Radiation Awareness for Endovascular Abdominal Aortic Aneurysm Repair in the Hybrid Operating Room. An Instant Patient Risk Chart for Daily Practice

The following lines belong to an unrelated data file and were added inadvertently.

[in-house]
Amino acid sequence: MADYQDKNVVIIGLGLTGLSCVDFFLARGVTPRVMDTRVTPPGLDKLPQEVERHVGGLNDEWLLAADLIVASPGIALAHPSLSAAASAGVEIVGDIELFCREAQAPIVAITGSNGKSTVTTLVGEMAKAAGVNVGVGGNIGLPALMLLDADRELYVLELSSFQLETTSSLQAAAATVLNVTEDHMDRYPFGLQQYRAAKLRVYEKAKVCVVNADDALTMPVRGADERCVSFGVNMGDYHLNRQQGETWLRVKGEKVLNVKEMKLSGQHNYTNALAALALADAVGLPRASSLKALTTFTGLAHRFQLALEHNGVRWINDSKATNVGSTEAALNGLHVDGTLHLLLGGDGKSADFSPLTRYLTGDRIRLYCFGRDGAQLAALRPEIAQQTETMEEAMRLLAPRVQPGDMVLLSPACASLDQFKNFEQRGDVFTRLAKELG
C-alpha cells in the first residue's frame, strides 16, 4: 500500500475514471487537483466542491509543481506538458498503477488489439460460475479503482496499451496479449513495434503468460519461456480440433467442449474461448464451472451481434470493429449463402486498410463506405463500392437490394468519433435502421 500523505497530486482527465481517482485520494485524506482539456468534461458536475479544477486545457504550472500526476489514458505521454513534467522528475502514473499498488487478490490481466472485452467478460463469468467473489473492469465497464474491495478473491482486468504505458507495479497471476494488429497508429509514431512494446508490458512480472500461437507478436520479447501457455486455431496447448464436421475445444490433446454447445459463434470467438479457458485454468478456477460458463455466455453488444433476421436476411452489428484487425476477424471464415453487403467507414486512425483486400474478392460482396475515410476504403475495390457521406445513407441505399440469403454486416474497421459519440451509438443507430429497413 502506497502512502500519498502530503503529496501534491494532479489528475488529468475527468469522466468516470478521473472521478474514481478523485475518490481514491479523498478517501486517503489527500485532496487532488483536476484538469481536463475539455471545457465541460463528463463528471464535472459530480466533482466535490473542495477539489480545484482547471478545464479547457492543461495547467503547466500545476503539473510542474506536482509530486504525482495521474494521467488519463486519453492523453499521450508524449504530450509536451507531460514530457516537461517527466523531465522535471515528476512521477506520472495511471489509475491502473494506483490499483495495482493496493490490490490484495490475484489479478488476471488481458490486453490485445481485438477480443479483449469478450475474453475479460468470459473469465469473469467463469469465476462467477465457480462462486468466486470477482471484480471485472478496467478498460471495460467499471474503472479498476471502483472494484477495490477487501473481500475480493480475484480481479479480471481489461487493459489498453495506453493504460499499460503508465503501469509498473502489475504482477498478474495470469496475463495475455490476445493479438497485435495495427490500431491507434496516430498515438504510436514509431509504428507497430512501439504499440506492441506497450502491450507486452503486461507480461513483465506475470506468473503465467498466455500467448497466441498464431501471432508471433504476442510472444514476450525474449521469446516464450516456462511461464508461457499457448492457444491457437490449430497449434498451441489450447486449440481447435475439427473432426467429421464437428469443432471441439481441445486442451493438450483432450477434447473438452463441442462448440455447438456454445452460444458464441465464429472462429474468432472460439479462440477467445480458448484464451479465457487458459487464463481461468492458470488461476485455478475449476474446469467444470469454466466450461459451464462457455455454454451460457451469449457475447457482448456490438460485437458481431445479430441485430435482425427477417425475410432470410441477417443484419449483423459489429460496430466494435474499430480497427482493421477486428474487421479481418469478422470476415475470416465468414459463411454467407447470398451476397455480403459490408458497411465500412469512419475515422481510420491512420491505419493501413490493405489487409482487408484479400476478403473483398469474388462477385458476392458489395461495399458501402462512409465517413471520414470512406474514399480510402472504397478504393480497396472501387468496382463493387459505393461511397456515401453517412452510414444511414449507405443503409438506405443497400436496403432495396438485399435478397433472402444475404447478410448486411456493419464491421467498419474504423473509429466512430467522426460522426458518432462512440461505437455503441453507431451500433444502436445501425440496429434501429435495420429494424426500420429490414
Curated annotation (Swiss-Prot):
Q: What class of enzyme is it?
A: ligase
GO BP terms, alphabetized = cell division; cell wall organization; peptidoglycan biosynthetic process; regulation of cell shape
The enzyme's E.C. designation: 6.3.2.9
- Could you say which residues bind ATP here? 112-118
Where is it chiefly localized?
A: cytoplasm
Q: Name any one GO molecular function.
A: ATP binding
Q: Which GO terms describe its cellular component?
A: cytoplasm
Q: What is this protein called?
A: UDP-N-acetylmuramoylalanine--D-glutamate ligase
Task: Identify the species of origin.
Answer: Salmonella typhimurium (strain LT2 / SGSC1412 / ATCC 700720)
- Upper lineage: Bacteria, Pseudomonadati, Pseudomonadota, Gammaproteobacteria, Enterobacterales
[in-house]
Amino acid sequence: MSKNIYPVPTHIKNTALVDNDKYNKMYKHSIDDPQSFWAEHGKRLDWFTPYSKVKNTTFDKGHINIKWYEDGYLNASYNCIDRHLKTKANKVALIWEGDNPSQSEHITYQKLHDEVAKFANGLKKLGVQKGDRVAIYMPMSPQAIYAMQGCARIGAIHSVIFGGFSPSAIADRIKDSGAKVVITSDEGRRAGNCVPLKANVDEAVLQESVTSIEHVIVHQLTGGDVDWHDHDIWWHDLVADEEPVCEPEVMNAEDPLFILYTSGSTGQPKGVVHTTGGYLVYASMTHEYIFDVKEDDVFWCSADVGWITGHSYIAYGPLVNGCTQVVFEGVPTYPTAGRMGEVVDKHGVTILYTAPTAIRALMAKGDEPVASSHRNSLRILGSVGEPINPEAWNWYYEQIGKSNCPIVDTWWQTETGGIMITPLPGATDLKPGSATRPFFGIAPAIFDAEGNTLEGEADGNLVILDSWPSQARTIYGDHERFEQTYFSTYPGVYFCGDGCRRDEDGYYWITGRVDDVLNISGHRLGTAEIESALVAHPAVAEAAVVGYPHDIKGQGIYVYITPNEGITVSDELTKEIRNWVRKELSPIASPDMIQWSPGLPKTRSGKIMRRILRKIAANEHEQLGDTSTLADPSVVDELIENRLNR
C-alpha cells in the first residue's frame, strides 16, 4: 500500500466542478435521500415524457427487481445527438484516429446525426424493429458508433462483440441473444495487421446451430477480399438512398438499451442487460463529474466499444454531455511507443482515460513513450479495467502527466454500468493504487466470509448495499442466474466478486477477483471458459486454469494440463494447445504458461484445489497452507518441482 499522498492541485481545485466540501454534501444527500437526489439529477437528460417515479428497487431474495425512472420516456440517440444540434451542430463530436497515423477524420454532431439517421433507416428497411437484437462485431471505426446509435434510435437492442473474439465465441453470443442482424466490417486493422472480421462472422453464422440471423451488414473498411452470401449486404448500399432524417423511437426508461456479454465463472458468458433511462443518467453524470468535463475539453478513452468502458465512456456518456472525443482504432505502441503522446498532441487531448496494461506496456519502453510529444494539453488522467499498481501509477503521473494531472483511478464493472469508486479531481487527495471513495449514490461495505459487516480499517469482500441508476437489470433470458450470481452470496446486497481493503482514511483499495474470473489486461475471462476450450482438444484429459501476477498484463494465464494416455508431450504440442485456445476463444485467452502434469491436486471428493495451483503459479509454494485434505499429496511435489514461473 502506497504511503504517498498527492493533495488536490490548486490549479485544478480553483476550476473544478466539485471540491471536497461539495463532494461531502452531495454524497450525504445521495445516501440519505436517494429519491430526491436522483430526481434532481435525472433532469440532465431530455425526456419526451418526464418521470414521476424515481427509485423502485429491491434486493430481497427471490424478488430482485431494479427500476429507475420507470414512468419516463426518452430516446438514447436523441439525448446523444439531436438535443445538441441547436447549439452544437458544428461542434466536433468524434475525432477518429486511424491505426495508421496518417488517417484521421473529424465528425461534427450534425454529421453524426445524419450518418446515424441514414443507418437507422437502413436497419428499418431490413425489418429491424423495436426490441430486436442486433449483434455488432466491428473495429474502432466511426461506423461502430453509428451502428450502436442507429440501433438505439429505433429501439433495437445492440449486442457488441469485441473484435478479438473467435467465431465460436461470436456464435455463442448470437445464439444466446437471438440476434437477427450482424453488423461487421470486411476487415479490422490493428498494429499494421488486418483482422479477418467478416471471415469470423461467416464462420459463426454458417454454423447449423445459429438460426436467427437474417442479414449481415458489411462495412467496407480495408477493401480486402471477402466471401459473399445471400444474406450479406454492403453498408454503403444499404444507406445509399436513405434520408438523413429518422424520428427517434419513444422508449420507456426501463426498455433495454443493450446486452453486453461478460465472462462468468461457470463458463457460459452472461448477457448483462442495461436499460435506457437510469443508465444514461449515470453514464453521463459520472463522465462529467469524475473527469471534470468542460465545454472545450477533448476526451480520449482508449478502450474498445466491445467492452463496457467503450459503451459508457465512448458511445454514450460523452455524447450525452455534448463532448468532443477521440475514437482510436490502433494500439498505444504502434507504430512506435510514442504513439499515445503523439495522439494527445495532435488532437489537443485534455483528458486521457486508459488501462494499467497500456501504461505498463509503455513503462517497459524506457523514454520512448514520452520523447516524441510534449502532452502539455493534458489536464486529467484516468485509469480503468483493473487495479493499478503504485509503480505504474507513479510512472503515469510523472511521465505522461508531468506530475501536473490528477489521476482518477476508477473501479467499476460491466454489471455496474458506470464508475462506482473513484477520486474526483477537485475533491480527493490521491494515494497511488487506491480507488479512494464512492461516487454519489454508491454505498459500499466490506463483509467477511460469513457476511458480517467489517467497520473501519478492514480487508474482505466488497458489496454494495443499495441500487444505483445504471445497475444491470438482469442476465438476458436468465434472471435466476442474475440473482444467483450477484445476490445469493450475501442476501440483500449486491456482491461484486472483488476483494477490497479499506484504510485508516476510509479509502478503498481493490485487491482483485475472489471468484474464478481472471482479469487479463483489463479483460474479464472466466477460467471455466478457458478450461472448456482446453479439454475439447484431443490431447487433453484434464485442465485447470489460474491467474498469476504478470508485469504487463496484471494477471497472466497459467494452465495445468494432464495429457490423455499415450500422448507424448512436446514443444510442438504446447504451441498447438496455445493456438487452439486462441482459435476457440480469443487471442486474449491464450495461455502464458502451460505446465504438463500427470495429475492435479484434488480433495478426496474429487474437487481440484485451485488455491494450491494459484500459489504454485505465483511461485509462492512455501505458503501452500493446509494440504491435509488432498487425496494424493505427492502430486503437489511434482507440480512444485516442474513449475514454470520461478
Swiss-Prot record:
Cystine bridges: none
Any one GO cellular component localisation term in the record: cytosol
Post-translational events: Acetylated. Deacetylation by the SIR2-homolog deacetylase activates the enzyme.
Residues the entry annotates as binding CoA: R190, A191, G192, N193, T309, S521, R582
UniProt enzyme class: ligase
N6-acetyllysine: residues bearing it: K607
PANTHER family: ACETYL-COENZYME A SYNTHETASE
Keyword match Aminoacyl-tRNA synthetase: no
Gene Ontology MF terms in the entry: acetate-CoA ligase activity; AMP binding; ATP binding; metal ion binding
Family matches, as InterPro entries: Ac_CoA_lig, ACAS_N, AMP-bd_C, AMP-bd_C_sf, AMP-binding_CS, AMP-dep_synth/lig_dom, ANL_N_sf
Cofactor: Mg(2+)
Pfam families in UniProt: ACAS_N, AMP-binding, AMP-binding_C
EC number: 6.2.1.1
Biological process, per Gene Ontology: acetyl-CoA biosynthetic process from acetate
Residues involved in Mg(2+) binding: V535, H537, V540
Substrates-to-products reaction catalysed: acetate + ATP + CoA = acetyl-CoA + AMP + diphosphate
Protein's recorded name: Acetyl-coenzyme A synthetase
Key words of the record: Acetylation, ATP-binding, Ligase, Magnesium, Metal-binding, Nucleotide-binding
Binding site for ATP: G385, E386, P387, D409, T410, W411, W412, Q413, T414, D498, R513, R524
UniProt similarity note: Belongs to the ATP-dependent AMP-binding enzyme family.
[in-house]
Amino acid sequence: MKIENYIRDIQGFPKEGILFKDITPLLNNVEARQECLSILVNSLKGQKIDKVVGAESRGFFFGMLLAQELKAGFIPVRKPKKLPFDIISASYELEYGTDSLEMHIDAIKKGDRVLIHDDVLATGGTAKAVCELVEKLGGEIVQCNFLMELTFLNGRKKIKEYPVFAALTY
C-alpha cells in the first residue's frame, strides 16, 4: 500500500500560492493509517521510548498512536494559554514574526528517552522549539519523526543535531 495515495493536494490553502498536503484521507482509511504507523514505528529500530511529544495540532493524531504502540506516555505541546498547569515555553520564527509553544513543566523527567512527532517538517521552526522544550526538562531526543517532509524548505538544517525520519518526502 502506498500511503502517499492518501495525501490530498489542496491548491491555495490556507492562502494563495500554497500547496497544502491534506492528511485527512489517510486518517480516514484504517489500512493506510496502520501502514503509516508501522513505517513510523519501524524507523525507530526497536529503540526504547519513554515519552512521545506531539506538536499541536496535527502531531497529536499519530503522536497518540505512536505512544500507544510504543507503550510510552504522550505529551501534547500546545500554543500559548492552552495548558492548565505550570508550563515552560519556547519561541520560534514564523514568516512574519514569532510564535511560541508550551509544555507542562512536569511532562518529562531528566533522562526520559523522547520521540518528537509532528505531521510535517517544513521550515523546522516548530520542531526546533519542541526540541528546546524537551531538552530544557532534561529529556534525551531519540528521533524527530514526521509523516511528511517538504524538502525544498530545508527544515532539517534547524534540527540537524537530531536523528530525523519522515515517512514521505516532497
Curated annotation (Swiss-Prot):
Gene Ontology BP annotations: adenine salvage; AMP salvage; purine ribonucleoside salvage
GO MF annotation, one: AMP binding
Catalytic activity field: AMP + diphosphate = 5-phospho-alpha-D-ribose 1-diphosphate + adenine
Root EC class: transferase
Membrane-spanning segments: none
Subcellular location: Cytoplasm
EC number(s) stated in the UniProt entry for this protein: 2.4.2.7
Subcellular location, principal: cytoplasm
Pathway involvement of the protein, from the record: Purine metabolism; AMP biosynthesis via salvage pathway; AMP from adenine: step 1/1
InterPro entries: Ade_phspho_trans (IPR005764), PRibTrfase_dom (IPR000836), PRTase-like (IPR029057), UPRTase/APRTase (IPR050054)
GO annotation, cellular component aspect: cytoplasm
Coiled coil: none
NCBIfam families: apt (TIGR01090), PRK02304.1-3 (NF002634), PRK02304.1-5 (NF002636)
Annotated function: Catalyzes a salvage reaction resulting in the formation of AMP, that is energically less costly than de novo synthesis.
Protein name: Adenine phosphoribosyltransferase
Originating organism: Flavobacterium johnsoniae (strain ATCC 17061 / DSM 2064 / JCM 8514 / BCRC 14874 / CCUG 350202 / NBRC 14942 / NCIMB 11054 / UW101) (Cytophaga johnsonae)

Purpose: To determine which patient and C-arm characteristics are the strongest predictors of intraoperative patient radiation dose rates (DRs) during endovascular aneurysm repair (EVAR) procedures and create a patient risk chart. Methods: A retrospective analysis was performed of 74 EVAR procedures, including 16,889 X-ray runs using fixed C-arm imaging equipment. Four multivariate log-linear mixed models (with patient as a random effect) were constructed. Mean air kerma DR (DRAK, mGy/s) and the mean dose area product DR (DRDAP, mGycm2/s) were the outcome variables utilized for fluoroscopy as differentiated from digital subtraction angiography (DSA). These models were used to predict the maximum radiation duration allowed before a 2-Gy skin threshold (for DRAK) or a 500-Gycm2 threshold (for DRDAP) was reached. Results: The strongest predictor of DRAK and DRDAP for fluoroscopy imaging was the radiation protocol, with an increase of 200% when changing from “low” to “medium” and 410% from “low” to “normal.” The strongest predictors of DRAK and DRDAP for DSA were C-arm angulation, with an increase of 47% per 30° of angulation, and body mass index (BMI), with an increase of 58% for every 5-point increase in BMI. Based on these models, a patient with a BMI of 30 kg/m2, combined with 45° of rotation and a field size of 800 cm2 in the medium fluoroscopy protocol has a predicted DRAK of 0.39 mGy/s (or 85.5 minutes until the 2-Gy skin threshold is reached). While using comparable settings but switching the acquisition to a DSA with a “2 frames per second” protocol, the predicted DRAK will be 6.6 mGy/s (or 5.0 minutes until the 2-Gy threshold is reached). Conclusion: X-ray radiation DRs are constantly fluctuating during and between patients based on BMI, the protocols, C-arm position, and the image acquisitions that are used. An instant patient risk chart visualizes these radiation dose fluctuations and provides an overview of the expected duration of X-ray radiation, which can be used to predict when follow-up dose thresholds are reached during abdominal endovascular procedures.